Best Use of TMS Seen in Stimulating Two Brain Areas at High Frequency
Transcranial magnetic stimulation could help to ease patients' motor symptoms
High-frequency stimulation of both the brain’s primary motor cortex (M1) and its dorsolateral prefrontal cortex (DLPFC) — two regions with altered activity in Parkinson’s disease — may be the optimal use of transcranial magnetic stimulation (TMS) in easing Parkinson’s motor symptoms, a meta-analysis study reported.
In analyzing data from several published studies in patients, the researchers found that TMS was generally linked to a lessening of motor symptoms. The most significant gains, moreover, were seen by targeting these two brain regions with high stimulation frequencies.
“With the advancement of neuromodulation techniques, the individualized and precise TMS regulation on [Parkinson’s] patients is essential to improving the therapeutic effect,” the scientists wrote.
TMS uses magnetic coils placed on the skull to stimulate nerve cell activity
The study, “Comparative efficacy of transcranial magnetic stimulation on different targets in Parkinson’s disease: A Bayesian network meta-analysis,” was published in Frontiers in Aging Neuroscience.
TMS is a non-invasive neuromodulation technique aimed at stimulating and “re-setting” certain brain regions. Magnetic coils placed on the skull are used to generate a magnetic field that stimulates nerve cells’ electrical activity in the area.
Used to treat depression, TMS has gained ground as a Parkinson’s therapy, with various studies showing that the approach can ease motor symptoms like bradykinesia (slow movement) and rigidity marking the neurodegenerative disease.
Various Parkinson’s studies have evaluated low and high frequencies of stimulation and targeted several brain regions. But a protocol for TMS that produces the maximum benefits in Parkinson’s remains unclear.
To help identify such an optimal TMS approach for Parkinson’s, a team of researchers in China systematically reviewed published studies up to December 2021 reporting the results of clinical trials into TMS’ use.
A total of 36 studies — involving 1,222 Parkinson’s patients — were included in their meta-analysis.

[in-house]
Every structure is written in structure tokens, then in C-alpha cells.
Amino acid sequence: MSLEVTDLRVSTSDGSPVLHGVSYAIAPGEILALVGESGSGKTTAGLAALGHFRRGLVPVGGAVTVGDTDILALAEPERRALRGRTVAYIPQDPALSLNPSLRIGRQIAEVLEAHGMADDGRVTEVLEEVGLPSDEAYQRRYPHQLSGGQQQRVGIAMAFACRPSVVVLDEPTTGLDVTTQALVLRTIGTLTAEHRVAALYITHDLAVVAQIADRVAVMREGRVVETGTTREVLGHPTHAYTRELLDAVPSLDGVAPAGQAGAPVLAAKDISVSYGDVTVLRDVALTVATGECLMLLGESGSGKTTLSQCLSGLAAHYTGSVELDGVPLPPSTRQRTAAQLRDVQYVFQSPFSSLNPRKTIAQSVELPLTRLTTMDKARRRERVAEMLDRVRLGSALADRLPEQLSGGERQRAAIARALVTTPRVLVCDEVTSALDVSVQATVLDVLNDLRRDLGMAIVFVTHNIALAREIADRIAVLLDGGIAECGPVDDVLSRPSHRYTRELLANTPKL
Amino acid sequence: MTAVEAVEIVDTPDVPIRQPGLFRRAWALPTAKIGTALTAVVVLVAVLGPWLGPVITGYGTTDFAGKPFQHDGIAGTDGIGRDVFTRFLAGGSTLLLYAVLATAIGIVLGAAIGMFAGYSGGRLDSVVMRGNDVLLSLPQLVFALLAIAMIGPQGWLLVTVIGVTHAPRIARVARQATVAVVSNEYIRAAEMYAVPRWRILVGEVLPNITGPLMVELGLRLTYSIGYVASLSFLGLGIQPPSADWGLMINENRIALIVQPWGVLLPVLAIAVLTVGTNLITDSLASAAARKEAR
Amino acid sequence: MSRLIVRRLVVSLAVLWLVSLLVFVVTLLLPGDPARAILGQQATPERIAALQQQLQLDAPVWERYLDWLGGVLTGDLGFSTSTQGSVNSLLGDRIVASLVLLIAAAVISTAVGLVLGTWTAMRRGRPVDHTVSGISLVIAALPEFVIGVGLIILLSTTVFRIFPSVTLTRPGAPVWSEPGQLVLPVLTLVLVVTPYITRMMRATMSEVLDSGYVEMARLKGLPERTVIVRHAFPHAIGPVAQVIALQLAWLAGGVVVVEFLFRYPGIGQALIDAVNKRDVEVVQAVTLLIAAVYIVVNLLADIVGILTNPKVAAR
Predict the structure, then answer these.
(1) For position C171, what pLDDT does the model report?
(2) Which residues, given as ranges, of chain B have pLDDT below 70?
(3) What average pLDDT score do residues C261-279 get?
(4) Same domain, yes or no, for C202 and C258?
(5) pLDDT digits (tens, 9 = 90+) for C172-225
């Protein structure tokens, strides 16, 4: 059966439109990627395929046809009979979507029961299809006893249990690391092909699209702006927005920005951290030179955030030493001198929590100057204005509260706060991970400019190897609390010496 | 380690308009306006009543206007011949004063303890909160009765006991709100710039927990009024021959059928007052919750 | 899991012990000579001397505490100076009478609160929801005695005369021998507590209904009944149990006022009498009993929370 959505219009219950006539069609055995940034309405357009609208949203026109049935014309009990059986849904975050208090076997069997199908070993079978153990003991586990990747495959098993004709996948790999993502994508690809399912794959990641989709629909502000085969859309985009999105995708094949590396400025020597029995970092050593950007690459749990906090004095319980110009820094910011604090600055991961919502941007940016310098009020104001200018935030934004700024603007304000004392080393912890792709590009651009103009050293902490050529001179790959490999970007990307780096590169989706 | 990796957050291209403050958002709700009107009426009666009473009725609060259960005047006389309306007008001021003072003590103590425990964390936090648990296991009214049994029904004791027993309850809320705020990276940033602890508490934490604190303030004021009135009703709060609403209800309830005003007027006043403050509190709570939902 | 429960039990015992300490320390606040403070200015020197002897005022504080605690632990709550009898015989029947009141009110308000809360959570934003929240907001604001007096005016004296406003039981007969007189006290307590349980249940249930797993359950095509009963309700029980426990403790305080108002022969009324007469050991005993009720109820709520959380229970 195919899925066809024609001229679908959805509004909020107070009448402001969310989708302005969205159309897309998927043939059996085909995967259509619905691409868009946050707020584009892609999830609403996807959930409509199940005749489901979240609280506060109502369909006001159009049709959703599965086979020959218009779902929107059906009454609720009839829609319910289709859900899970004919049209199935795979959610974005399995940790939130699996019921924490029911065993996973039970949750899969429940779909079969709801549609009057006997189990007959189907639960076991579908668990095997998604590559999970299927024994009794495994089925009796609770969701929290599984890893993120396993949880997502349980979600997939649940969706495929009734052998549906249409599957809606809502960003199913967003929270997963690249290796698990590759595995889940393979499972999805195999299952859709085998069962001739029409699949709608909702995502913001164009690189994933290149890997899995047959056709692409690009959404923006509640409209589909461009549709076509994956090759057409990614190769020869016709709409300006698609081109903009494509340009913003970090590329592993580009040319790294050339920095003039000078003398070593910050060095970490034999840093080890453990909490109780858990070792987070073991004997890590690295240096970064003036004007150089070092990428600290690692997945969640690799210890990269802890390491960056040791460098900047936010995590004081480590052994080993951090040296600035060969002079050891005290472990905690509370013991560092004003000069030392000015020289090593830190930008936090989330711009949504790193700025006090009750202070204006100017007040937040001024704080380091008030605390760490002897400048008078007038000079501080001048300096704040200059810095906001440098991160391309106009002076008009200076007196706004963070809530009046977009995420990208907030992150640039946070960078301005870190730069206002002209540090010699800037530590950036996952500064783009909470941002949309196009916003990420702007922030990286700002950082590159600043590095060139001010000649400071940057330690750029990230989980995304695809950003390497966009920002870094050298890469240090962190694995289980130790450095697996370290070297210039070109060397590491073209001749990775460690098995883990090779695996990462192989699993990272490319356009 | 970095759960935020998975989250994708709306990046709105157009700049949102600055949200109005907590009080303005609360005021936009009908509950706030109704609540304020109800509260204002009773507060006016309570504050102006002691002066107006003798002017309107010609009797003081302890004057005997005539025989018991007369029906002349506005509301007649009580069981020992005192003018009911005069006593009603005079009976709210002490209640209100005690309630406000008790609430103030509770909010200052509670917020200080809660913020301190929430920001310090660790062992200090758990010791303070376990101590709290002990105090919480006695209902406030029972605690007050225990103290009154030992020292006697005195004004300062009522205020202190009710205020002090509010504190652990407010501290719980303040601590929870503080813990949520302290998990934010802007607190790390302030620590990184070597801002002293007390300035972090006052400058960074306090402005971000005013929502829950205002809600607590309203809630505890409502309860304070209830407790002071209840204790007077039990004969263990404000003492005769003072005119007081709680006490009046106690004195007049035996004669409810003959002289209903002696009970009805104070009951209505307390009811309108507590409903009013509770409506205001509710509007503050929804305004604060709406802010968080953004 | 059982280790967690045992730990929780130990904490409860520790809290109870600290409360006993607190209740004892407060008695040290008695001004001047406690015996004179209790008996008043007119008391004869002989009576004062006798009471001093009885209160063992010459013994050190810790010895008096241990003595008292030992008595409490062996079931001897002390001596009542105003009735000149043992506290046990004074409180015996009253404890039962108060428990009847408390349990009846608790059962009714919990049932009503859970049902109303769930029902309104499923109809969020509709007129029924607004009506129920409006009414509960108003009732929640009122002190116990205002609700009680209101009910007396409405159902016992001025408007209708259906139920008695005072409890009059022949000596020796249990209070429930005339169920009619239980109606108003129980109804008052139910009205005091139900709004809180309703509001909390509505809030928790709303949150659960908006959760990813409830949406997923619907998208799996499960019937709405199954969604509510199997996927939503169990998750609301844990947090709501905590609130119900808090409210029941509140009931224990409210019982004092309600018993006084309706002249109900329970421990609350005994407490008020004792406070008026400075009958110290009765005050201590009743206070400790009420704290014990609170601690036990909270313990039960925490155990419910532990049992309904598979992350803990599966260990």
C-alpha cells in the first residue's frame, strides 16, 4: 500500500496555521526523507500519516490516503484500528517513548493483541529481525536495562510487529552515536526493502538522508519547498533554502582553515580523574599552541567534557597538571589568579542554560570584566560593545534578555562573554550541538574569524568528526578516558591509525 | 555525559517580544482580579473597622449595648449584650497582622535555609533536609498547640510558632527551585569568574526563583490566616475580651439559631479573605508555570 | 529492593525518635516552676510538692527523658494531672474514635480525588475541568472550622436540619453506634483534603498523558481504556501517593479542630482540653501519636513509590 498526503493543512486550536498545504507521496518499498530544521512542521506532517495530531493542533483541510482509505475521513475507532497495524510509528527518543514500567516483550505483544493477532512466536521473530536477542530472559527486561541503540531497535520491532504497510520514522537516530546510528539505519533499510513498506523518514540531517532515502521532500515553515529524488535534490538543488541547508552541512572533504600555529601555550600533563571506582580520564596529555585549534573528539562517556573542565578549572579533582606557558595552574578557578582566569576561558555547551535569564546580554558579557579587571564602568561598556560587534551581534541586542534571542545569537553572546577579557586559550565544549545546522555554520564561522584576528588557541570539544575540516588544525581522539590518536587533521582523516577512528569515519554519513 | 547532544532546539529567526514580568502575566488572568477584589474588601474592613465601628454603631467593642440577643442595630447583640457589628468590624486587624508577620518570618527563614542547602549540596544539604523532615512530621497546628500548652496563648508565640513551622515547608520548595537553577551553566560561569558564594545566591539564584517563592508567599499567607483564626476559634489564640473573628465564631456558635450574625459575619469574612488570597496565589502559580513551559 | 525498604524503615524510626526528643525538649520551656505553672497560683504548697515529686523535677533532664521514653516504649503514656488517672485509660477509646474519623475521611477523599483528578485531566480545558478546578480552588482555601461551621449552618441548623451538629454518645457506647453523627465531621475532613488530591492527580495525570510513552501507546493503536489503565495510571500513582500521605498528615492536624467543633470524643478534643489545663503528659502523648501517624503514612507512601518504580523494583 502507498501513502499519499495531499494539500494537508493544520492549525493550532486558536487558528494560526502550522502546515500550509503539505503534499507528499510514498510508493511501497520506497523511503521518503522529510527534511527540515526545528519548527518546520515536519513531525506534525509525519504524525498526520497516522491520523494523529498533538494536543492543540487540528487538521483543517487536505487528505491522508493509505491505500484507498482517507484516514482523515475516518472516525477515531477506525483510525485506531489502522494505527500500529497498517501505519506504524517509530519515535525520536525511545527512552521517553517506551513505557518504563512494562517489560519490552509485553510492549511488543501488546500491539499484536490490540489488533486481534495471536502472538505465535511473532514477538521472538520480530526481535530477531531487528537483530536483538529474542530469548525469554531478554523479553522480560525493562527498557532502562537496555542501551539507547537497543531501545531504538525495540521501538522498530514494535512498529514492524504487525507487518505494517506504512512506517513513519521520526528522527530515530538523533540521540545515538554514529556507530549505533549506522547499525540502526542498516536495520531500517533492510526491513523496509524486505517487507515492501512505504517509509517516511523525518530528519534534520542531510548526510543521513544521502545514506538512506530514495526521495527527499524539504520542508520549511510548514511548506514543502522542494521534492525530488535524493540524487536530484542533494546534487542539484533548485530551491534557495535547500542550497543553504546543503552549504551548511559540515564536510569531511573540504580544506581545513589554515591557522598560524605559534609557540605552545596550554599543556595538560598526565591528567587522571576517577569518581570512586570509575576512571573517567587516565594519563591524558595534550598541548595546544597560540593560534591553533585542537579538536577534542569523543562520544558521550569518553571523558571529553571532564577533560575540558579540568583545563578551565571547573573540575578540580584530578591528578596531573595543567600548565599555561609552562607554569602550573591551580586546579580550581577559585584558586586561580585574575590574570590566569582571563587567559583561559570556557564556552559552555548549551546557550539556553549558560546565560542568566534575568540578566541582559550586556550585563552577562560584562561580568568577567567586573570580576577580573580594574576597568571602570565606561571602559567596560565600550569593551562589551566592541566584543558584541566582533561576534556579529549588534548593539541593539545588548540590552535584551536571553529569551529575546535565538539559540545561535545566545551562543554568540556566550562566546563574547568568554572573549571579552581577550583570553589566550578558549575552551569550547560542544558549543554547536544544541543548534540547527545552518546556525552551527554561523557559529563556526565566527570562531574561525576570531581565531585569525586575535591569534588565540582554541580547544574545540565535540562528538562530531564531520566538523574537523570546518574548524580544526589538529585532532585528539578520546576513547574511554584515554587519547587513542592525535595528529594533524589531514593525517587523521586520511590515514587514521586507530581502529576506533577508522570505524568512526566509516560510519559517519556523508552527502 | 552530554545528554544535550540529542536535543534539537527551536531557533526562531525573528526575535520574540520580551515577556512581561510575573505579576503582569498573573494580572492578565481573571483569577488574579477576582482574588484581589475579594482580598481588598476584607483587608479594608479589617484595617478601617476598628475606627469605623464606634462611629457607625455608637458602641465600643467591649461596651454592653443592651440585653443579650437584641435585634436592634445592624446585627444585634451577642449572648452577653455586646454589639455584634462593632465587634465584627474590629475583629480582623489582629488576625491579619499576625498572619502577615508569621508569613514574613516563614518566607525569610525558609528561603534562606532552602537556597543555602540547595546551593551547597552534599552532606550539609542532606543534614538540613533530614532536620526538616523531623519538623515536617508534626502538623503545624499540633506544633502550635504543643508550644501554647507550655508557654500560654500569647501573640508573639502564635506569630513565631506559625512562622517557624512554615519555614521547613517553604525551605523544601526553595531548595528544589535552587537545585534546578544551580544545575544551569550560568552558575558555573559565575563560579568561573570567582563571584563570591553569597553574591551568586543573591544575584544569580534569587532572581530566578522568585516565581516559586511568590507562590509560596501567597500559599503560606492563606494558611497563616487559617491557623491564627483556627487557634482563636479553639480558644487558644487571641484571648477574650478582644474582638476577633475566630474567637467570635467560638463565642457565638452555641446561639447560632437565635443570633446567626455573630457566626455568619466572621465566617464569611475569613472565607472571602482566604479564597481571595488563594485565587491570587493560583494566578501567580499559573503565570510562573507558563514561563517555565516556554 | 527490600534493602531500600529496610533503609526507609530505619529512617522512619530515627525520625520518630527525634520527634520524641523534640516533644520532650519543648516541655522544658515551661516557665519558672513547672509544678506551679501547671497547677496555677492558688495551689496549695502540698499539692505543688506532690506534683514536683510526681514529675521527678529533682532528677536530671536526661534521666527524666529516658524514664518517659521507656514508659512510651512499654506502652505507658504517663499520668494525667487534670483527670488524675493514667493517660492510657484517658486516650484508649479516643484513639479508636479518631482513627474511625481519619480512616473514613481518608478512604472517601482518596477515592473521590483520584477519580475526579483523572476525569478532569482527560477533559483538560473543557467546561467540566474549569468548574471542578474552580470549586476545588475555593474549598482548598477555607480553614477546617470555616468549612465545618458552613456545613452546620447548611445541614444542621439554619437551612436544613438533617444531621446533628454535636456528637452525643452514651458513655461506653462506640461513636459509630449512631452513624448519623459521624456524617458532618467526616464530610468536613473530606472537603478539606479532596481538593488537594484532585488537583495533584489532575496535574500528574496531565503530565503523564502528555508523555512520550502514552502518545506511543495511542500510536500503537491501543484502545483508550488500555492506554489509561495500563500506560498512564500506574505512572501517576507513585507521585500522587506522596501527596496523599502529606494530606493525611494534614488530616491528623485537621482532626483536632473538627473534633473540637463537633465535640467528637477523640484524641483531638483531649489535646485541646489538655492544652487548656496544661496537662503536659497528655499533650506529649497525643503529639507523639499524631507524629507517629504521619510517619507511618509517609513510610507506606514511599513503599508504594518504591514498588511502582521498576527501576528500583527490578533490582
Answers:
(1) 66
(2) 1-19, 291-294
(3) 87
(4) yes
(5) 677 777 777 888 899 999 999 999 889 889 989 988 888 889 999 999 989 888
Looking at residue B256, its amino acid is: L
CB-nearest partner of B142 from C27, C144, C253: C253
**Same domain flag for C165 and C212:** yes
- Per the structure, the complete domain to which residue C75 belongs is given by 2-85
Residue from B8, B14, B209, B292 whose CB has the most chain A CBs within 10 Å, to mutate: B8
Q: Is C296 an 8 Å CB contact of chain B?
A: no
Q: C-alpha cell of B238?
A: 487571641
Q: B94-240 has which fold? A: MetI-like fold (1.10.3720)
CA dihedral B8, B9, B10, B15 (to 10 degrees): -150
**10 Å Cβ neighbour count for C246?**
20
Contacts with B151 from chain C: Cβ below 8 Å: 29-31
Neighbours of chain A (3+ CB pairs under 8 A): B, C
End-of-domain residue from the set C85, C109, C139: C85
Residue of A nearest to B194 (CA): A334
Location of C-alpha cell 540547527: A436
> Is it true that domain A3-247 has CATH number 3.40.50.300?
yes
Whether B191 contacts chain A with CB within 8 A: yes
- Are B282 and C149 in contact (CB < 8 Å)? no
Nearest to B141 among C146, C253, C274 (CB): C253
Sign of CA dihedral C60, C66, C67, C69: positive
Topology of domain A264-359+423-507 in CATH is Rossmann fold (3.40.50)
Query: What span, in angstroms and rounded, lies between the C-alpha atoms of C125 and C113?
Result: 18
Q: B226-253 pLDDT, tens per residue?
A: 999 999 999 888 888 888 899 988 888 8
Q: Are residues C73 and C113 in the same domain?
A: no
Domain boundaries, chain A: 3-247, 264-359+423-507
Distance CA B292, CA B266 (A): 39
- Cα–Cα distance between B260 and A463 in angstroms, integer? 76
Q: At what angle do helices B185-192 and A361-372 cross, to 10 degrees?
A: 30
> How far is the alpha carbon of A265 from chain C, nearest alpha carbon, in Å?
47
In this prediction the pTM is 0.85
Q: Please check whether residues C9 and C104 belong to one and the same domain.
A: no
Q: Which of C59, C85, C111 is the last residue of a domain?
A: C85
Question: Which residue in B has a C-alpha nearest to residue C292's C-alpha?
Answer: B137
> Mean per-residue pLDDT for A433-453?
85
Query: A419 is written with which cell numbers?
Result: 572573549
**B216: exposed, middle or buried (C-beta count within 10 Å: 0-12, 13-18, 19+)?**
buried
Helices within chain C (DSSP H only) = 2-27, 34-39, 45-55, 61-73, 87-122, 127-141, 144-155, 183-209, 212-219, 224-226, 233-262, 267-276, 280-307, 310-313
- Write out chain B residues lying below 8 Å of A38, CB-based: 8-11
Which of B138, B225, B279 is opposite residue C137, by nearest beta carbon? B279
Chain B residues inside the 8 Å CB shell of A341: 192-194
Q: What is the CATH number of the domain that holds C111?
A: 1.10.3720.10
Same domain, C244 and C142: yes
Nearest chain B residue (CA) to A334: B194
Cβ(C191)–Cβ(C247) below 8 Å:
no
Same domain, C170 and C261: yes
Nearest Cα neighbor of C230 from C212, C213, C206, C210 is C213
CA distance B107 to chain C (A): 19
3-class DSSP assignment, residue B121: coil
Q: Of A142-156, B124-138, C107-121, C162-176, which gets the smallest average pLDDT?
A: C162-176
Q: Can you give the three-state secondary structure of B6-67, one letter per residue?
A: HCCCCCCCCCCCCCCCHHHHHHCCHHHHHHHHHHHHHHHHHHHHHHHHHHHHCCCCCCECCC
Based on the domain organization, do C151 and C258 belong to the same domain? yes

The trials evaluated a range of different TMS protocols, varying in the number, type, and side (unilateral and bilateral) of stimulated brain regions, as well as in the frequency of stimulation. Outcomes for each study were compared against a sham procedure or conventional disease treatment.
Unilateral stimulation involves only one side of the brain, while bilateral stimulation targets both sides.
Motor function benefits were evaluated through changes in scores using the Movement Disorder Society – Unified Parkinson’s Disease Rating Scale (MDS-UPDRS) Part 3, whose higher scores indicate worse motor symptoms.
TMS was significantly superior to a sham procedure at easing motor symptoms overall, the analysis found. In particular, protocols that used a high-frequency stimulation had a stronger effect that those that used a low frequency, and bilateral stimulation was generally better than unilateral.
Analysis favors stimulating 2 specific brain areas at high frequency
Ultimately, “high-frequency TMS targeting bilateral M1, bilateral DLPFC, and both M1 and DLPFC could significantly [ease] motor symptoms of PD [Parkinson’s disease] patients,” the researchers wrote.
The primary motor cortex and dorsolateral prefrontal cortex are brain regions showing activity changes in the brains of Parkinson’s patients. M1 is the main brain region involved in coordinating voluntary movement, while the DLPFC coordinates higher level cognitive processing and communicates with M1.
Notably, both brain regions can influence the release of dopamine, a major signaling molecule, in a brain area called the striatum. A loss of dopamine in the striatum is a hallmark of Parkinson’s disease.
The most significant improvements in motor function were observed when high-frequency stimulation was administered to both M1 and DLPFC — leading to a mean 7.6-point drop in MDS-UPDRS Part 3 scores compared with a sham procedure.
Overall, this TMS approach was estimated to have a 90.7% chance of being more effective than the other approaches.
“There are several possible explanations for why M1+DLPFC showed a better performance,” the researchers wrote, noting that reasons include greater striatal dopamine release and a re-set of the communication networks known to drive Parkinson’s symptoms.
Low frequency stimulations and targeting other brain regions did not associate with significant motor improvements. The lowest performing approach involved low-frequency stimulation of both the brain’s premotor cortex and M1.
“This research proposes the optimal TMS frequency and targets for motor symptoms of PD patients,” the study noted.
Among the study’s limitations were a lack of certain clinical information, including medication use, and patients’ age or disease stage, that could influence the results. The analysis also did not assess changes in nonmotor symptoms and TMS’ long-term effects.
As such, “large-scale and multi-center clinical trials are still irreplaceable in the future to demonstrate the relationship between different parameters and clinical outcomes,” the team concluded.